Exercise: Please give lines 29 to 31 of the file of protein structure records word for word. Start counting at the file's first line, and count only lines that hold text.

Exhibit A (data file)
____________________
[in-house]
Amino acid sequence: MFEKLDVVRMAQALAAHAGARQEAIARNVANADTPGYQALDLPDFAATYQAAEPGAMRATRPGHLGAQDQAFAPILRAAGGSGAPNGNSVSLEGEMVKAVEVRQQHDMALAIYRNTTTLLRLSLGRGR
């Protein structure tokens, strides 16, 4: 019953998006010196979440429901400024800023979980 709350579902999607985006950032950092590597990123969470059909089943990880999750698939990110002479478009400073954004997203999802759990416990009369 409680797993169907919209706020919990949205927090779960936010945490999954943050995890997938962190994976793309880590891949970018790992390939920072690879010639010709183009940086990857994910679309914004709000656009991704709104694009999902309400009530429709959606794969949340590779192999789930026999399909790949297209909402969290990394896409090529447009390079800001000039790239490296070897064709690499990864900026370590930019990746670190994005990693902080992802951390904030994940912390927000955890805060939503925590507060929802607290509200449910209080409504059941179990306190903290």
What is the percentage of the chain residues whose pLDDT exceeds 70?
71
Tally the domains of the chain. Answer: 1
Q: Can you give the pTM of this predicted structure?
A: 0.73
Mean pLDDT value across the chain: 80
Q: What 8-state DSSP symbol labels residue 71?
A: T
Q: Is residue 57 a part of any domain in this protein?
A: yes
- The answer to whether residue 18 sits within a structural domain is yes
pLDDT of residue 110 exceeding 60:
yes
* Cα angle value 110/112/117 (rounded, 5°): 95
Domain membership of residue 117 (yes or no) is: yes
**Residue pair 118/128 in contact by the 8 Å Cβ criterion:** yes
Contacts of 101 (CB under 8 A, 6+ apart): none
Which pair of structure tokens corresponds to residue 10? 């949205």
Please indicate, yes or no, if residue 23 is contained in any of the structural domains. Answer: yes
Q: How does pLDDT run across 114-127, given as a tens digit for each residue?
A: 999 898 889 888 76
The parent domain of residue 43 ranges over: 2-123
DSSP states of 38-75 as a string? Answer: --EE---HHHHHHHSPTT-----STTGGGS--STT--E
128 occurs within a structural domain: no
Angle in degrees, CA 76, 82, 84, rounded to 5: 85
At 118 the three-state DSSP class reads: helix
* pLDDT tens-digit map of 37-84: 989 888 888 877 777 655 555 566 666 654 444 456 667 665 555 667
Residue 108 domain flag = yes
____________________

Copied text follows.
At 118 the three-state DSSP class reads: helix
* pLDDT tens-digit map of 37-84: 989 888 888 877 777 655 555 566 666 654 444 456 667 665 555 667
Residue 108 domain flag = yes